you’ll be sharing a beer with them the following week, catching up like old mates. But over here it is staple. This is one of the reasons I love London. In the UK, people don’t need excuses to head out for a drink or coffee. They just do it. And it isn’t an effort to do so. Friends are like family here! Let’s hope our Aussie friends are just as welcoming when we eventually decide to head home.
6 | Entertainment
10 April - 16 April 2012
Musical conspiracy, icon remixed and farewell to a Little legend music from the
and he is truly an Australian music legend. Vale Jimmy, we will miss you.
> PAUL JUDGE
Classical v Contemporary
Farewell to Jimmy Little
AUSTRALIAN music was in mourning last week with the news musician Jimmy Little had passed away at his home in Dubbo aged 75. Little enjoyed a career spanning over 50 years and was one of the first Aboriginal musicians to enjoy national success with his 1963 single ‘Royal Telephone’ topping the Australian charts. He followed this up releasing over 16 albums during the 60’s and 70’s. During the 1980’s Little was quieter on the music front dedicating himself to family and other projects. He returned to the mainstream music scene with the 1999 release Messenger, an album covering popular Australian artists including Paul Kelly, Crowded House and The Go-Betweens. Steve Kilbey, frontman of Aussie band The Church, said when he heard Little’s rendition of their song ‘Under the Milky Way’ it was like: “I was hearing the song for the first time.” Little was inducted into the ARIA Hall of Fame in 1999 and continued to release albums right up until 2004, the same year when he was made a member of the Order of Australia. His soft, crooning voice often saw him referred to as the Australian Bing Crosby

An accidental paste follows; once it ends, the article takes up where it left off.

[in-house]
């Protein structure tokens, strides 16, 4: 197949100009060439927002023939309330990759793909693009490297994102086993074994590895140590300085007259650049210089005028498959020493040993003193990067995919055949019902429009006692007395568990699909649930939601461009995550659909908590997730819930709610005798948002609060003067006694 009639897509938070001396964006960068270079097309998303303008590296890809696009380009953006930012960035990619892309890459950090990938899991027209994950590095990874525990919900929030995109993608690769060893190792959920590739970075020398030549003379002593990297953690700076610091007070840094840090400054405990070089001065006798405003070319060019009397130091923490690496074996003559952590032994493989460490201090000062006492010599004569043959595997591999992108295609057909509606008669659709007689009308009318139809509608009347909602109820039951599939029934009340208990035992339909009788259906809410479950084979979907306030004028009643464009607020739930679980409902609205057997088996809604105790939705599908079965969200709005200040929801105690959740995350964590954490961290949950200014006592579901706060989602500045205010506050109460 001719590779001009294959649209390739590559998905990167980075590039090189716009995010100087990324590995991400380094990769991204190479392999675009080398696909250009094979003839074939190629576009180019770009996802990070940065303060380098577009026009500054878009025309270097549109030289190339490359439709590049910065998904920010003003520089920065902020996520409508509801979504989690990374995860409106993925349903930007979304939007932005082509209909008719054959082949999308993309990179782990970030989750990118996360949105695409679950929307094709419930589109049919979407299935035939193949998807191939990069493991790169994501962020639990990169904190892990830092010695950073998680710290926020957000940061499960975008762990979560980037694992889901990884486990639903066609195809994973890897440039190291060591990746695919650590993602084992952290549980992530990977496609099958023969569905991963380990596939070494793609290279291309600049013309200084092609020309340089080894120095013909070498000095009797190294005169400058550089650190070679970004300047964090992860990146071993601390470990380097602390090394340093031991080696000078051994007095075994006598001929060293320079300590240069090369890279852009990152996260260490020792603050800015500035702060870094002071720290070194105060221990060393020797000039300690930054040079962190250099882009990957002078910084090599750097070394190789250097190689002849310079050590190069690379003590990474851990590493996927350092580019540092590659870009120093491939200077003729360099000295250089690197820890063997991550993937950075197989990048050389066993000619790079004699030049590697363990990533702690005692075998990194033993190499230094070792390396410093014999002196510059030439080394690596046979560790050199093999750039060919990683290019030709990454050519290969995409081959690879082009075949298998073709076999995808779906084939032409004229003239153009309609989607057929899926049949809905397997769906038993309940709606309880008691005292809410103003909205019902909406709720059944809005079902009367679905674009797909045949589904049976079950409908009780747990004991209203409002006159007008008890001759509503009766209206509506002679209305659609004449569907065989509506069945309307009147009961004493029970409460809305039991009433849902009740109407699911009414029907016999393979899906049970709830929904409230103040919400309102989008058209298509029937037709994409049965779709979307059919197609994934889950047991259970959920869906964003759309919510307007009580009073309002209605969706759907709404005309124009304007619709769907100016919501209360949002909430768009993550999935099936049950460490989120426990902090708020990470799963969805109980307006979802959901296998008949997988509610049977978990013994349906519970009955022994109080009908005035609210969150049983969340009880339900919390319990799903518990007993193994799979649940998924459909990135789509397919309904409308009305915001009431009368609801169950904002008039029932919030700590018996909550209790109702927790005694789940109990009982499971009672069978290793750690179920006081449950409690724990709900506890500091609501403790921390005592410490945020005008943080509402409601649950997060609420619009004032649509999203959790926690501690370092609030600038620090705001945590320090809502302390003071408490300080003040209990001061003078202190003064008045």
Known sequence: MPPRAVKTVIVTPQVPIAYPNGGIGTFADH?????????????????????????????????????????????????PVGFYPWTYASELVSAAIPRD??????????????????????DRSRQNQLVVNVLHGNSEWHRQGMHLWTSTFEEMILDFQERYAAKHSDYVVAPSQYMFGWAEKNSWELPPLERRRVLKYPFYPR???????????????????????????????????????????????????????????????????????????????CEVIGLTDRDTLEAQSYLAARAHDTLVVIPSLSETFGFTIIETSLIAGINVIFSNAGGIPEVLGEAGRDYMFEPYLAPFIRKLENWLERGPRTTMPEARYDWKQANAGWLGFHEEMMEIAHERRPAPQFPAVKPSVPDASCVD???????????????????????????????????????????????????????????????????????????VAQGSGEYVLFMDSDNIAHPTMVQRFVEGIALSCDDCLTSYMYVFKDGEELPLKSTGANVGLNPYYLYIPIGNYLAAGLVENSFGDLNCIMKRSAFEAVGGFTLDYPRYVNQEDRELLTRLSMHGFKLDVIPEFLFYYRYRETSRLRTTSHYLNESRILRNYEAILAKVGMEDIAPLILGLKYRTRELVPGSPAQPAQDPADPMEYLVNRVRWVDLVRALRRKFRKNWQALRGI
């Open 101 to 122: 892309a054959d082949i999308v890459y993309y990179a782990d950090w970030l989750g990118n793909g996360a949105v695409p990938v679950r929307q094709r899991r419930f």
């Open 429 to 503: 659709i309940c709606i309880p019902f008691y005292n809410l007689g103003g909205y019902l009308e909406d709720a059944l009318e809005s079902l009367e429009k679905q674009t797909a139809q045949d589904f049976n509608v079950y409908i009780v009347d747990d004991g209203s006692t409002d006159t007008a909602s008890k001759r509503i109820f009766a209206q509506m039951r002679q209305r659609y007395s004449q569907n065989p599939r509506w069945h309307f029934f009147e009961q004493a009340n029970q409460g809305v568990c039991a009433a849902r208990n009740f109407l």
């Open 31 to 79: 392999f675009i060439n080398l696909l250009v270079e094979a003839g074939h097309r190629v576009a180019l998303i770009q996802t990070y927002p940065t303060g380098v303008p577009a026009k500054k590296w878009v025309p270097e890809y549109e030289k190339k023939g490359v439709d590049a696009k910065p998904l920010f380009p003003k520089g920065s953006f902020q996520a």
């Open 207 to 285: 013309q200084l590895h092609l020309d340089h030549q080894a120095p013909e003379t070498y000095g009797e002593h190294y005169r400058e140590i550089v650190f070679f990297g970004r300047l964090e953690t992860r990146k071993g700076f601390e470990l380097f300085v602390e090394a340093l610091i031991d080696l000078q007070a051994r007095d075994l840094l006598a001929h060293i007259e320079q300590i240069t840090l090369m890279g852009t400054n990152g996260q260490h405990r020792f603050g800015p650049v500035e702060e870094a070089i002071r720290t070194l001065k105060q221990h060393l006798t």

The gloves are off in Australia with the news the classical music label Melba received $750,000 in Federal government funding last year yet only released three albums during that time. The small label has been receiving millions of dollars in government funding since 2004 and is now pointed at as an example of bias in government funding when it comes to the arts and music industries. The contemporary music industry, which receives little funding, is especially cheesed off with the level of taxpayer’s money spent on a small label in a niche market. SLAM (Save Live Australia’s Music) - a campaign aimed at preserving live music venues and opportunities released a statement saying they were ‘outraged one particular section of music receives such funding while contemporary music programs receive next to nothing’. Music from the Motherland, always one to pull a conspiracy out of thin air, notes ambassadors and backers of Melba include cultural heavyweights like Baz Lurhman and Dame Elisabeth Murdoch. There are also claims that Melba (with the help of influential friends) were able to bypass the Australia Council (the board responsible for Arts funding)